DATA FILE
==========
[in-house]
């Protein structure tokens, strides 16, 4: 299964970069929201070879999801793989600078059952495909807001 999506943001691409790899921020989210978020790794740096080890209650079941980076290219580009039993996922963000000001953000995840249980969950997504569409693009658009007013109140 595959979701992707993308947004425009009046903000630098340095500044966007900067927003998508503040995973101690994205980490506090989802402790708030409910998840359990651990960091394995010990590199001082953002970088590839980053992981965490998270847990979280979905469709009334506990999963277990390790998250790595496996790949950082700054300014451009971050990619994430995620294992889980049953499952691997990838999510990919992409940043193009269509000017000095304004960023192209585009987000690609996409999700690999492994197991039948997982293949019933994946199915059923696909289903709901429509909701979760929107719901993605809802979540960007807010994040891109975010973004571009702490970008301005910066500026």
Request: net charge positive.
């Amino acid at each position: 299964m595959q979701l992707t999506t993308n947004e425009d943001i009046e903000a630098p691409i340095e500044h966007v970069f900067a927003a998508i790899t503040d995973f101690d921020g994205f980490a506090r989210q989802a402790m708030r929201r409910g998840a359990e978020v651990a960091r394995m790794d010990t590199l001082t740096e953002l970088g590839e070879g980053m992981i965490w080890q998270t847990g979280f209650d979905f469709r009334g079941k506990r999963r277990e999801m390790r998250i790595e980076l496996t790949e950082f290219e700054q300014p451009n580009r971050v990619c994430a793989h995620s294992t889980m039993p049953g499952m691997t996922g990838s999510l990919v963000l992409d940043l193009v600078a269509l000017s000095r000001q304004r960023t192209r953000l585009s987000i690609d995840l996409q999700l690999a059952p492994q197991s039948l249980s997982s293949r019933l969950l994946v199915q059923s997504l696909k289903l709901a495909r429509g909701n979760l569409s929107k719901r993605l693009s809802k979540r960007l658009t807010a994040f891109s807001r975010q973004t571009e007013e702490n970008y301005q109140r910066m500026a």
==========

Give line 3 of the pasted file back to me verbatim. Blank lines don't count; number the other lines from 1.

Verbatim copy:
Request: net charge positive.